As anticipated, Amazon revealed its very own tablet today, and as we reported, at least on price, the $199 Kindle Fire will challenge the pricey leader in the market, Apple's iPad . Before Amazon made its official announcement, we figured Amazon would have a pretty good offering, but nothing you'd want for Christmas. But given the cheapo price tag, you might overlook some of the downfalls for this pretty solid gadget.
The Kindle Fire lacks some of the nice touches that the iPad has, thinks Wired's Steven Levy.
As with the Kindle, the Fire is not a shiny trigger for technolust. And it lacks some of the features of the iPad and other tablets. No camera. No GPS. Not even 3G. And only 8 gigabytes of storage.
TechCrunch's Matt Burns finds the look unimpressive.
The Fire itself is rather characterless and dull. It looks a lot like the 7-inch BlackBerry PlayBook (probably for good reason) and features just enough tech to pass as acceptable.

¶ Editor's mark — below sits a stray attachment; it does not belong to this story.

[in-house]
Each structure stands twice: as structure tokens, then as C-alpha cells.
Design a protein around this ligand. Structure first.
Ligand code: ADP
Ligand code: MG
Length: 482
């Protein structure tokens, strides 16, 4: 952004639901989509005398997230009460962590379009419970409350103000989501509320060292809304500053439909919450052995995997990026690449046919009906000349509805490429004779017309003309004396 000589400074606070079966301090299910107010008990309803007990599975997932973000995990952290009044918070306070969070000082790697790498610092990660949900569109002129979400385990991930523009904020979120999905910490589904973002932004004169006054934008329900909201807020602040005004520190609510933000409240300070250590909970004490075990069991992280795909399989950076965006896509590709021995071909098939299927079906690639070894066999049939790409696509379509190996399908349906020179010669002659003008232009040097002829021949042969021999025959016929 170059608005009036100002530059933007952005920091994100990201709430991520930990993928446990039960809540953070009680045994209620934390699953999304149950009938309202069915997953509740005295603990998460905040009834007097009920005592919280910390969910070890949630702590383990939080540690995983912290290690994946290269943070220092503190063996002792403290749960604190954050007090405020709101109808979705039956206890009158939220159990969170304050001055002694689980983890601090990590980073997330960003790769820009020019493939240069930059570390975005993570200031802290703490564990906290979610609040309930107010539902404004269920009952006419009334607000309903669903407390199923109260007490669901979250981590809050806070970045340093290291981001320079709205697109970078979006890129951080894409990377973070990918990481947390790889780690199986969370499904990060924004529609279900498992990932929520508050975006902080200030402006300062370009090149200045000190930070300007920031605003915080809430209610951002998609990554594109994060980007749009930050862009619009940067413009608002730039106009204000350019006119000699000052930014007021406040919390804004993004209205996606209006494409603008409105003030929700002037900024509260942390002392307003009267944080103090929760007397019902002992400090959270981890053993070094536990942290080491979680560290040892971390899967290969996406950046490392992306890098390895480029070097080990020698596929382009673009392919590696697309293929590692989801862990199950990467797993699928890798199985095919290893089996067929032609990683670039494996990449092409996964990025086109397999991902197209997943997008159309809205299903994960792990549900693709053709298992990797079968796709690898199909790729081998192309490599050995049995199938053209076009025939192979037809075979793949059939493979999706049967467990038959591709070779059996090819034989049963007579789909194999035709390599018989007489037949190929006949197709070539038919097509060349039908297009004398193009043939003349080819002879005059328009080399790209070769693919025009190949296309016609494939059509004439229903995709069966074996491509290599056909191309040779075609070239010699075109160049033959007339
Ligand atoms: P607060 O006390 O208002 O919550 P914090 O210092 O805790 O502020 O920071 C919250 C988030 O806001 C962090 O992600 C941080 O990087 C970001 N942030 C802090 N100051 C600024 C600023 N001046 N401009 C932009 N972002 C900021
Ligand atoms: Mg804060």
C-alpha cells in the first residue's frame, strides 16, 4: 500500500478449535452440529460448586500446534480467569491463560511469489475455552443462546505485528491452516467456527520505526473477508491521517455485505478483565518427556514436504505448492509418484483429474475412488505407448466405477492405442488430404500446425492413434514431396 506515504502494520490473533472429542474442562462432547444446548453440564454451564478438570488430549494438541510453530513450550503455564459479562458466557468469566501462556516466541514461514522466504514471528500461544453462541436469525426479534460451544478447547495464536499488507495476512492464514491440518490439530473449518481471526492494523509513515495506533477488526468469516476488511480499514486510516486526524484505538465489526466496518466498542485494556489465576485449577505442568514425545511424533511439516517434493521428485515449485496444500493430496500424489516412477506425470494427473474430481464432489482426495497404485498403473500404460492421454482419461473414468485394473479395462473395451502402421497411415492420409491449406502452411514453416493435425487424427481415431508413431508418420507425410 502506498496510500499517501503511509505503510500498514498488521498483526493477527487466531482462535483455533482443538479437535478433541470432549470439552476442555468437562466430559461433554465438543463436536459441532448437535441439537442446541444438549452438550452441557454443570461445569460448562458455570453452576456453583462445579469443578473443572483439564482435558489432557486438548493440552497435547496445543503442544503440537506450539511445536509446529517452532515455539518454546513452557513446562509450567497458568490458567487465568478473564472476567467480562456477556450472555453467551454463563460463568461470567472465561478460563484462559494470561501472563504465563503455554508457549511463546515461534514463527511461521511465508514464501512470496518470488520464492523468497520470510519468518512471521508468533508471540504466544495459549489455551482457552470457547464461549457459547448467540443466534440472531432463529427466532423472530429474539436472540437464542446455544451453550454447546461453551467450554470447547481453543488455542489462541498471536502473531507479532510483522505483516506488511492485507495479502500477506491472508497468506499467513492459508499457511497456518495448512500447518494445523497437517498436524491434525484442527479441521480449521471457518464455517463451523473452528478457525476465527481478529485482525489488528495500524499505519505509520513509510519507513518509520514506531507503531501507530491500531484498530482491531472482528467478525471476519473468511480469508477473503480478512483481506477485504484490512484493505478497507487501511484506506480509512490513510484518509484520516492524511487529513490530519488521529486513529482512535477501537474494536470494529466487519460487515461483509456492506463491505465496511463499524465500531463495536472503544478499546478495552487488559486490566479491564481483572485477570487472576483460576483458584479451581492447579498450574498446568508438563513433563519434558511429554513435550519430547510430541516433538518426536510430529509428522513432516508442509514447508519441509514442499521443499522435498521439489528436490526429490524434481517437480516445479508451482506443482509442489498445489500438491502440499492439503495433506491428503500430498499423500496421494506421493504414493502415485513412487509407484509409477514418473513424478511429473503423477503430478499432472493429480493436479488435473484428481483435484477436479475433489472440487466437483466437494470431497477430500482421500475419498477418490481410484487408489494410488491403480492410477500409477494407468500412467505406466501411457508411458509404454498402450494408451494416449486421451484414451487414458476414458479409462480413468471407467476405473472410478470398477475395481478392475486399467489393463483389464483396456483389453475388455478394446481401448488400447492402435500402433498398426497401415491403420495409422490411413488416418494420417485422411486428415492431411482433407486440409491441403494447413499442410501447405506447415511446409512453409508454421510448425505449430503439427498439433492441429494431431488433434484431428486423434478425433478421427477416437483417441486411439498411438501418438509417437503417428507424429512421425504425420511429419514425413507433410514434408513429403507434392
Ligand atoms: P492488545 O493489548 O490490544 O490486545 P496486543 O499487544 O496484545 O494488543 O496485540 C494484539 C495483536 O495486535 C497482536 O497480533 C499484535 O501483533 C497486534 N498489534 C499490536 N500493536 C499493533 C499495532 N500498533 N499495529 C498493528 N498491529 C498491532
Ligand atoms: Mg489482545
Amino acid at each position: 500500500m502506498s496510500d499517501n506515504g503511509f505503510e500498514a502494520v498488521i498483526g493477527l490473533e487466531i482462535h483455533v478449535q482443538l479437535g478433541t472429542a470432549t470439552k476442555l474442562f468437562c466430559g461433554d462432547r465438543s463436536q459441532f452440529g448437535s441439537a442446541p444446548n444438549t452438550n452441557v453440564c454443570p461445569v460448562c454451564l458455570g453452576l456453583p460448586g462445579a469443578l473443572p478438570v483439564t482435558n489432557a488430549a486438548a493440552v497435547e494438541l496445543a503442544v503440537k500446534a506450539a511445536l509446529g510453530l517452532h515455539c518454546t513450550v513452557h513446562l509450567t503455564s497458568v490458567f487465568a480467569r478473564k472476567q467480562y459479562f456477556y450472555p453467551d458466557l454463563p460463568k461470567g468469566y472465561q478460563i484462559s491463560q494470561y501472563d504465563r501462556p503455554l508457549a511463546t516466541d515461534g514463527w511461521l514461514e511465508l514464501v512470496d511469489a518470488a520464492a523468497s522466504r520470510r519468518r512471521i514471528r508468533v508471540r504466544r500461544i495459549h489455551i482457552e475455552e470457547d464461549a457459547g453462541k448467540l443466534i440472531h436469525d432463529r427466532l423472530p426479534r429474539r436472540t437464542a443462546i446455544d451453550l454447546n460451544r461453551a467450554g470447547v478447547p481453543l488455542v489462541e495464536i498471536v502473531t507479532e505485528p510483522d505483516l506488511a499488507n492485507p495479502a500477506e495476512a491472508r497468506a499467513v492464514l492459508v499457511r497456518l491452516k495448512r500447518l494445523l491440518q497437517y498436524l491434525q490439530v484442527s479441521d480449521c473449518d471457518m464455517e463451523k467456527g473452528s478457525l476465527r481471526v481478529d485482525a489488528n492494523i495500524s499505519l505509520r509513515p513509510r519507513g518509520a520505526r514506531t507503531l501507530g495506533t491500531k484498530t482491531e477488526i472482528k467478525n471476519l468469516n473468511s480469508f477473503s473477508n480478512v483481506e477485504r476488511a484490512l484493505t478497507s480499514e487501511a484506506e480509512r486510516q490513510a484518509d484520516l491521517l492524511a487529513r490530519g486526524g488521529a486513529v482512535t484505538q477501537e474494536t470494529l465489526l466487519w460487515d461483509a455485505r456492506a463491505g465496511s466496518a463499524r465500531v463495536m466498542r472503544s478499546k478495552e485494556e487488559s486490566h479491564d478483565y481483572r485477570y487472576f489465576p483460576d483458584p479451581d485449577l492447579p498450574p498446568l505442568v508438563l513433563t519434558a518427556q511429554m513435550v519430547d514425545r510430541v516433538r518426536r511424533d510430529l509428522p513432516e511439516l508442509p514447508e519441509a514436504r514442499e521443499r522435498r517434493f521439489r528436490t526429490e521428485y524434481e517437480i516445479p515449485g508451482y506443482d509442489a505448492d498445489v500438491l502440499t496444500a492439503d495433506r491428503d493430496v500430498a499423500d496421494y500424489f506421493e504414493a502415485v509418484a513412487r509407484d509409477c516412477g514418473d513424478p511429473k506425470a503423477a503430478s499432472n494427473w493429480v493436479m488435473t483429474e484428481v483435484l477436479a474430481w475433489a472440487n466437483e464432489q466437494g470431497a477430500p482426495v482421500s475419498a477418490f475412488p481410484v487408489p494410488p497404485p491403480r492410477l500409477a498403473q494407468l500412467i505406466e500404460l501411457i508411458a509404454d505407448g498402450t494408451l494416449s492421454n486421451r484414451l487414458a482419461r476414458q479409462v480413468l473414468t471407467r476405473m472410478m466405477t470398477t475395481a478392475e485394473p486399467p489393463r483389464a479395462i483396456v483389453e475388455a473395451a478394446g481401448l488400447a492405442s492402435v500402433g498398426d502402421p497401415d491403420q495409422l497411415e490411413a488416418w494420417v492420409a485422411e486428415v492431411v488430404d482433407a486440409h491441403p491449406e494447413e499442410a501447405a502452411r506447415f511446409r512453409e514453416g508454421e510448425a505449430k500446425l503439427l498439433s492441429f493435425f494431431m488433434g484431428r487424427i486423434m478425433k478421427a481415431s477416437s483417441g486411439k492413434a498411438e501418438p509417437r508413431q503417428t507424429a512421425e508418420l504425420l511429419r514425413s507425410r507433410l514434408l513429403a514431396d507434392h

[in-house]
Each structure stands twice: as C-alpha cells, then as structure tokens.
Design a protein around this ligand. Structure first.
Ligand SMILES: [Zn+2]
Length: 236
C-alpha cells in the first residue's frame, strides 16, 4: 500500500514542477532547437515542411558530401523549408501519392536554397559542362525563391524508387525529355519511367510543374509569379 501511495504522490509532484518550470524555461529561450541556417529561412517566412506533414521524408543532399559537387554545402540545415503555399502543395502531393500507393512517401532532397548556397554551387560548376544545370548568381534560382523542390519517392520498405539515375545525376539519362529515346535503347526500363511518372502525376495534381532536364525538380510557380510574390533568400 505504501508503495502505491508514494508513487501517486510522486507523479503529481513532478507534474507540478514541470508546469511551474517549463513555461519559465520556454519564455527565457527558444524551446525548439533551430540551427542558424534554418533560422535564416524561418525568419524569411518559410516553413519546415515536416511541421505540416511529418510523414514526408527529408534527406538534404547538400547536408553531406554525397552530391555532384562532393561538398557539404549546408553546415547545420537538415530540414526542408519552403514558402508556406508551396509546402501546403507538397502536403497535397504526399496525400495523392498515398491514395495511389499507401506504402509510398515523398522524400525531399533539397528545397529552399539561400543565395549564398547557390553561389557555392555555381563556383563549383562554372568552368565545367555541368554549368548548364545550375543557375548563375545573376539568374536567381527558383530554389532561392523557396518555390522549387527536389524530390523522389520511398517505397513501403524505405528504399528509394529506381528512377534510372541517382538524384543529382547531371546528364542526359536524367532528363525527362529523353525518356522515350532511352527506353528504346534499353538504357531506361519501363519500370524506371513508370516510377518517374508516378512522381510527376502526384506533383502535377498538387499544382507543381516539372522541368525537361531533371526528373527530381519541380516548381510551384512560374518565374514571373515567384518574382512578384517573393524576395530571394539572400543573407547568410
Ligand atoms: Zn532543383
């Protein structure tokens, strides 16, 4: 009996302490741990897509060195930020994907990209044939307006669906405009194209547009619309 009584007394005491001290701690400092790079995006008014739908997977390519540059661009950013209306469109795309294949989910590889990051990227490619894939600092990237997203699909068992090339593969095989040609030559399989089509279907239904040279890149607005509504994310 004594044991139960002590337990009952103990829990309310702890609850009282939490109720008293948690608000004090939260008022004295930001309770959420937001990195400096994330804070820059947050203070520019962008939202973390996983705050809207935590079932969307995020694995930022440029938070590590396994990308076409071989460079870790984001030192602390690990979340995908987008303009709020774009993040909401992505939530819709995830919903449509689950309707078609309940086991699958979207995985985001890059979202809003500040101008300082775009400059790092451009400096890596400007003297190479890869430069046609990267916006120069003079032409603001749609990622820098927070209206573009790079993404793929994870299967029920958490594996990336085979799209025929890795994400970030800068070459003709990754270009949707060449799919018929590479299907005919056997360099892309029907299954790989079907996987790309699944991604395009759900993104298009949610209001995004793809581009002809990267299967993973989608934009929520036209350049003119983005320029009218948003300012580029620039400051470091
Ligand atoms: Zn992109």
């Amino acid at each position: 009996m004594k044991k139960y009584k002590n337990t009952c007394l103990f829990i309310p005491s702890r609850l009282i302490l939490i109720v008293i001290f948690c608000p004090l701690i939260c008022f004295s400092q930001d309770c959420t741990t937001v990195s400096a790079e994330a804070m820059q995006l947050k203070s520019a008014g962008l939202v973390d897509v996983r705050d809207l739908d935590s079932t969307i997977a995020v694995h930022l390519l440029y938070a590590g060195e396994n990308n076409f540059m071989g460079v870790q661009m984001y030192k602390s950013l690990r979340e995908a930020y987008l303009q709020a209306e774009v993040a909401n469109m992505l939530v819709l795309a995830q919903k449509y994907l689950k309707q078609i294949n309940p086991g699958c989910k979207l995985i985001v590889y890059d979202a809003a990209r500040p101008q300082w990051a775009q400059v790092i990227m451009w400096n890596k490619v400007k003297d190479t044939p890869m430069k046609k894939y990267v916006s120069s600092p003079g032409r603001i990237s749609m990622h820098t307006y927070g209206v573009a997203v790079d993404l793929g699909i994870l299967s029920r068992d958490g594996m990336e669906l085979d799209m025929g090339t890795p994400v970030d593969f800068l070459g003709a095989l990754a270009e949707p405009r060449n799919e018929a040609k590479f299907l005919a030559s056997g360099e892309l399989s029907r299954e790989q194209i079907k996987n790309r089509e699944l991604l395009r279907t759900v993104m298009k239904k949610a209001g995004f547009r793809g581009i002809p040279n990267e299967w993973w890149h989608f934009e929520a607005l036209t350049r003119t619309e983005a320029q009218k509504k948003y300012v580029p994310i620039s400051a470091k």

It's smaller and lighter, which The Atlantic's Alexis Madrigal appreciates.
The iPad weighs 21.6 ounces. The Kindle fire weighs 14.6 ounces. It doesn't seem like a lot, but when you're reading with one hand. those 7 ounces are big. Put it this way: the iPad is the weight of a sizeable hardcover book while the Kindle Fire is the weight of a paperback. Which do you like to carry around more?
And it's not really about the device, it's about the offerings: Amazon Prime subscribers can stream all of Amazon's offerings for free, which Gizmodo's Sam Biddle thinks is a good deal.
A $200 tablet with unlimited streaming from a huge library is... awesome? Yes, awesome.
Content is king, agrees Technology Review's Erica Naone.
The Kindle Fire is the tablet you need at the price you'll be willing to pay,The $199 device comes packed with content and features that are arguably better than what's available on the iPad, and at a fraction of the price. Wow.
Kindle Fire also makes buying that content easy, adds TechCrunch's Erick Shonfeld.
The Fire has a good chance at being the best Android-based tablet out of the gate. Not just because of the fine-tuned software, but because of all the media you can get on it. Of course, it makes it really easy to buy all of that media from Amazon.
Amazon's in house browser "Silk" works pretty well, too. Businessweek's Brad Stone calls it "lightning fast"